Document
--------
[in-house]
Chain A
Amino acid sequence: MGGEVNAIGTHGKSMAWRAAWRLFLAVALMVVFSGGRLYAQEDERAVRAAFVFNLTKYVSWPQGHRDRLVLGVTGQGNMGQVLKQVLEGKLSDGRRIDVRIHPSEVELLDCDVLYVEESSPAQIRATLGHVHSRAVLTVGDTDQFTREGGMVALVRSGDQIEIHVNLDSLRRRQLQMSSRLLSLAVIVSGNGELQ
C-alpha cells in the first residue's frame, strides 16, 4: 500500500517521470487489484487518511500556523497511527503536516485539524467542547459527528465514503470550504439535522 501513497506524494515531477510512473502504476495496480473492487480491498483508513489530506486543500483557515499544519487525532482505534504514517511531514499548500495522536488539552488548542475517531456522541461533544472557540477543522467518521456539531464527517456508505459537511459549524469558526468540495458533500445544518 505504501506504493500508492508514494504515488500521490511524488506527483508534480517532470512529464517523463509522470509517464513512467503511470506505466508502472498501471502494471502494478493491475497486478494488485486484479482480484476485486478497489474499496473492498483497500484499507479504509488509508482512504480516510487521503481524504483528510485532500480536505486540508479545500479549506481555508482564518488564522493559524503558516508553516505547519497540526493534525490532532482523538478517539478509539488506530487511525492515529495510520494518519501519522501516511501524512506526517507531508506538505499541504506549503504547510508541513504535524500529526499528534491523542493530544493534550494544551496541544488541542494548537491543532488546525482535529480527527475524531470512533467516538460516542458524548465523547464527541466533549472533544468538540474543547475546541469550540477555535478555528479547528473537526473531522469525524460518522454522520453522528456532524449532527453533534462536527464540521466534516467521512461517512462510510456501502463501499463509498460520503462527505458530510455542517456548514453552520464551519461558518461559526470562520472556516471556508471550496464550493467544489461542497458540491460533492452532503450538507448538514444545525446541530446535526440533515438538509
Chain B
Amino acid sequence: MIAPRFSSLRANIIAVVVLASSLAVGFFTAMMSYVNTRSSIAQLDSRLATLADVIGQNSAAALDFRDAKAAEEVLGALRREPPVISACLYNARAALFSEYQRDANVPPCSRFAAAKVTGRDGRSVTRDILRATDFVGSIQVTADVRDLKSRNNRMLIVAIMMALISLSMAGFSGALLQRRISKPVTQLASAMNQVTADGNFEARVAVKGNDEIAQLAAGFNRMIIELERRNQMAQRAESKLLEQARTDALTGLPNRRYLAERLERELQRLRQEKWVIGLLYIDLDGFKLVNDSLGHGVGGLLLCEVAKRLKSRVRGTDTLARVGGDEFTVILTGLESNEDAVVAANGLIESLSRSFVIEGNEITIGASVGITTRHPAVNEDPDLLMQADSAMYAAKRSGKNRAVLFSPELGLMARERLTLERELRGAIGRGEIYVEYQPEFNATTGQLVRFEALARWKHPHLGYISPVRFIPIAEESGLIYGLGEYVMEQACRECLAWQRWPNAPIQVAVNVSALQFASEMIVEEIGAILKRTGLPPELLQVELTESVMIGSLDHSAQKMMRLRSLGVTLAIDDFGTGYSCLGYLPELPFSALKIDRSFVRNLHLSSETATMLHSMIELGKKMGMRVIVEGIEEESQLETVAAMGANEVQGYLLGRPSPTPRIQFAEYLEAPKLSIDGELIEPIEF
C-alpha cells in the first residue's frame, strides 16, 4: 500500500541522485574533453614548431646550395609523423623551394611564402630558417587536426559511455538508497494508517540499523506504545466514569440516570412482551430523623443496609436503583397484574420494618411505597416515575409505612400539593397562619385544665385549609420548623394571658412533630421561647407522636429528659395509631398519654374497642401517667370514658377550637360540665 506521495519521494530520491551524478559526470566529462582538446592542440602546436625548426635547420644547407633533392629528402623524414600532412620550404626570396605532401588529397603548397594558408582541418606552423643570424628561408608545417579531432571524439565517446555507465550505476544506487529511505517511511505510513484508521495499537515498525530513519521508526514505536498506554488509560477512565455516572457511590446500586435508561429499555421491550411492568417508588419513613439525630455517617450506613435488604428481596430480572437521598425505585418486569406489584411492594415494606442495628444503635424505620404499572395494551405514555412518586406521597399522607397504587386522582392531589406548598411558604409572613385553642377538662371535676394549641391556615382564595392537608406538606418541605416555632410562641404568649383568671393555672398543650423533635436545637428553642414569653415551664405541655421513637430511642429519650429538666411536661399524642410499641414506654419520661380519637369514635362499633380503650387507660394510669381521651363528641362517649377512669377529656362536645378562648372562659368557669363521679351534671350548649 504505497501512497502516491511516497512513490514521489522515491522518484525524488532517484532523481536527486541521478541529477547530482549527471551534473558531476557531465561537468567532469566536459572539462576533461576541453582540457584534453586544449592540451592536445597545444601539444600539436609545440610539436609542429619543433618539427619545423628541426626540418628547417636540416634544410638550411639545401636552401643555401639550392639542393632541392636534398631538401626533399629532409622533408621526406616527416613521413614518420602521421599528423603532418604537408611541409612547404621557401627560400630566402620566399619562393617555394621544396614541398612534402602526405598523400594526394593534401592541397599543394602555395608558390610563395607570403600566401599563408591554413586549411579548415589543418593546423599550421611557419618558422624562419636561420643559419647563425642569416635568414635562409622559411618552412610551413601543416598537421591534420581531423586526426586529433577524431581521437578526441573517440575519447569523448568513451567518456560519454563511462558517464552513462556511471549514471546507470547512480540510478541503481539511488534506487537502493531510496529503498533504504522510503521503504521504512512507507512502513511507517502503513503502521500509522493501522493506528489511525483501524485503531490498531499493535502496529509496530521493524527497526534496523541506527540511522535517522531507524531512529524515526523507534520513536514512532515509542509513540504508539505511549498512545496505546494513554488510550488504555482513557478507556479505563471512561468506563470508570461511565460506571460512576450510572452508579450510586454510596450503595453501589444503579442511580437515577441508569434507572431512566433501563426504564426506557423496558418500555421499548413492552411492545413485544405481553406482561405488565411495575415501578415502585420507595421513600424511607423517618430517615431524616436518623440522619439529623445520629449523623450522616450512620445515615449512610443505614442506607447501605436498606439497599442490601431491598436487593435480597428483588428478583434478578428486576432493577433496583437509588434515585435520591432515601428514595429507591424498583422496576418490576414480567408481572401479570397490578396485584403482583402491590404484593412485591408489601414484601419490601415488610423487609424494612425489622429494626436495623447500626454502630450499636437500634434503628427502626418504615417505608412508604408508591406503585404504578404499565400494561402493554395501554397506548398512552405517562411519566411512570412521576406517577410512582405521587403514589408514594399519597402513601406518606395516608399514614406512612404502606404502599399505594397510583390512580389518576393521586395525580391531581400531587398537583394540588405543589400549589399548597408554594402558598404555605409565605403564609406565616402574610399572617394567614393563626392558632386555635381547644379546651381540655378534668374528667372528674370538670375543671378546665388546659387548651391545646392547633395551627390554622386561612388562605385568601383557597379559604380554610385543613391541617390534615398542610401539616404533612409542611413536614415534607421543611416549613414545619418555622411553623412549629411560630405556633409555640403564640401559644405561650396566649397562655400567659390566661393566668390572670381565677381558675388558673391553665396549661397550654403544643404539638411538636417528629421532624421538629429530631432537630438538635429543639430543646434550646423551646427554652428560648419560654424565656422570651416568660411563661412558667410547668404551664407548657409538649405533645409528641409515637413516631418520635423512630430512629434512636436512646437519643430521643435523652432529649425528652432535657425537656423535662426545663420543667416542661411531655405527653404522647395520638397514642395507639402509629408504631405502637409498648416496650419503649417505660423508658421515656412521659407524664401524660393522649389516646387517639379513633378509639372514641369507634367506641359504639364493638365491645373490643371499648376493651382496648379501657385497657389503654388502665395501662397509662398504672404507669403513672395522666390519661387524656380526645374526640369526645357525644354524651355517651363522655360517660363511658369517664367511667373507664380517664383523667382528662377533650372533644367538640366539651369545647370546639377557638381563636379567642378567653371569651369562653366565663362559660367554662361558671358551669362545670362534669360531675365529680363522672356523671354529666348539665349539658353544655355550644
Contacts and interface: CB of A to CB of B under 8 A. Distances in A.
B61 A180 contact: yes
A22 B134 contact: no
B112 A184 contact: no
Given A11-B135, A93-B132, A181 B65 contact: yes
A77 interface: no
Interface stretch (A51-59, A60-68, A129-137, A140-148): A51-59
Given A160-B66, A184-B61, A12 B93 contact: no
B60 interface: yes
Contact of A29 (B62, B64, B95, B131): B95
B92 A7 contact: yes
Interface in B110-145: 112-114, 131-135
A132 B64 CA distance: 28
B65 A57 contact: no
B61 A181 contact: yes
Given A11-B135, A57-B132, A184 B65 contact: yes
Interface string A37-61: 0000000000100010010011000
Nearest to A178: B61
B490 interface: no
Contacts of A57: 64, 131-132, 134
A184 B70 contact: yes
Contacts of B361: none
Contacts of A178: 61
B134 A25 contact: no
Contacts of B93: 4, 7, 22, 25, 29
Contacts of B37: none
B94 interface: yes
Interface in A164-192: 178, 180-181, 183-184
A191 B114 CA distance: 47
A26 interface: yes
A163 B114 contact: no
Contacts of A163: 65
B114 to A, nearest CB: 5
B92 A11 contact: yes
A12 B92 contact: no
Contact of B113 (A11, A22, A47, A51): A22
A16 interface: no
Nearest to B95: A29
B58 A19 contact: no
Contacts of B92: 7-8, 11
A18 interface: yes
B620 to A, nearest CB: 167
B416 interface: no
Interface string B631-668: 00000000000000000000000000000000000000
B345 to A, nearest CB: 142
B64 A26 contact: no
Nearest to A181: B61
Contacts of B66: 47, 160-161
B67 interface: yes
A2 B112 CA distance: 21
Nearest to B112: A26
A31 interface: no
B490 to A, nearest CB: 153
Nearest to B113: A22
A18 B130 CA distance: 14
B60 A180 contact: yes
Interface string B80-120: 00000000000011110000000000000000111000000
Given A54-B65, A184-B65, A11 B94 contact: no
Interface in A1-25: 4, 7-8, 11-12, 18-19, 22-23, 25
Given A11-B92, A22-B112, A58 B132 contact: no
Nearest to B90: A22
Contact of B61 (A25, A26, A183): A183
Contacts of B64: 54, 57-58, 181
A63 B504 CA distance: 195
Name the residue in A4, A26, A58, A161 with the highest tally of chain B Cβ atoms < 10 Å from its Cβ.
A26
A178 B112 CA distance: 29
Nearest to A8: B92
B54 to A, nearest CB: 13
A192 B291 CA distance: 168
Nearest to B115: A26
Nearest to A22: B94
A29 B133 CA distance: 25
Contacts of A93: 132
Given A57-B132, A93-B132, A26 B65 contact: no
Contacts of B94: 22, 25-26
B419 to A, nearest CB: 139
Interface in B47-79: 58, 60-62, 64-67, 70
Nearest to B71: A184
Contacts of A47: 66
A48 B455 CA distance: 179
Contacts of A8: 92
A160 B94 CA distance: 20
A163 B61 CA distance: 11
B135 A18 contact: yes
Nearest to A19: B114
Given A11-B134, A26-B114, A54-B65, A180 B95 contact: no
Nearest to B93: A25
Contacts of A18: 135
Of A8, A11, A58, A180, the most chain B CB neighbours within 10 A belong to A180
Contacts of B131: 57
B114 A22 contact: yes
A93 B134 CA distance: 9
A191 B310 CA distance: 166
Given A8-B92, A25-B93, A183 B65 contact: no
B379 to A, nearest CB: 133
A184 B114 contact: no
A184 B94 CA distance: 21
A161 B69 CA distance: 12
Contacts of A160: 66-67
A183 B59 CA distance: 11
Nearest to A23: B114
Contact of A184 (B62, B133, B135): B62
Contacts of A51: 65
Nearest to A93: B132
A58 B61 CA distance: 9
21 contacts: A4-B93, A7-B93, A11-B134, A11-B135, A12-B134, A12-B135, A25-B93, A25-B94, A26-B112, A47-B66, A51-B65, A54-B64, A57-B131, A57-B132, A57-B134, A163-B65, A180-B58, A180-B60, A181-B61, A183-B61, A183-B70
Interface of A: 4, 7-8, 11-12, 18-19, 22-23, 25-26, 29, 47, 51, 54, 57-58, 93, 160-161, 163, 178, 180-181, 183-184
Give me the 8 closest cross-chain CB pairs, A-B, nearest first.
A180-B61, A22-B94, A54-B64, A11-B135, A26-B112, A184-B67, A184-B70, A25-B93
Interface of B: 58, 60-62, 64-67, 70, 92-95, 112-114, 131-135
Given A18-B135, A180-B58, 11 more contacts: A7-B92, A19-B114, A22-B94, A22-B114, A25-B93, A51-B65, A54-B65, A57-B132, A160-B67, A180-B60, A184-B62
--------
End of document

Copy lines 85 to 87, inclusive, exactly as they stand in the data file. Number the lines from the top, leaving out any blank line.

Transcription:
Interface in B47-79: 58, 60-62, 64-67, 70
Nearest to B71: A184
Contacts of A47: 66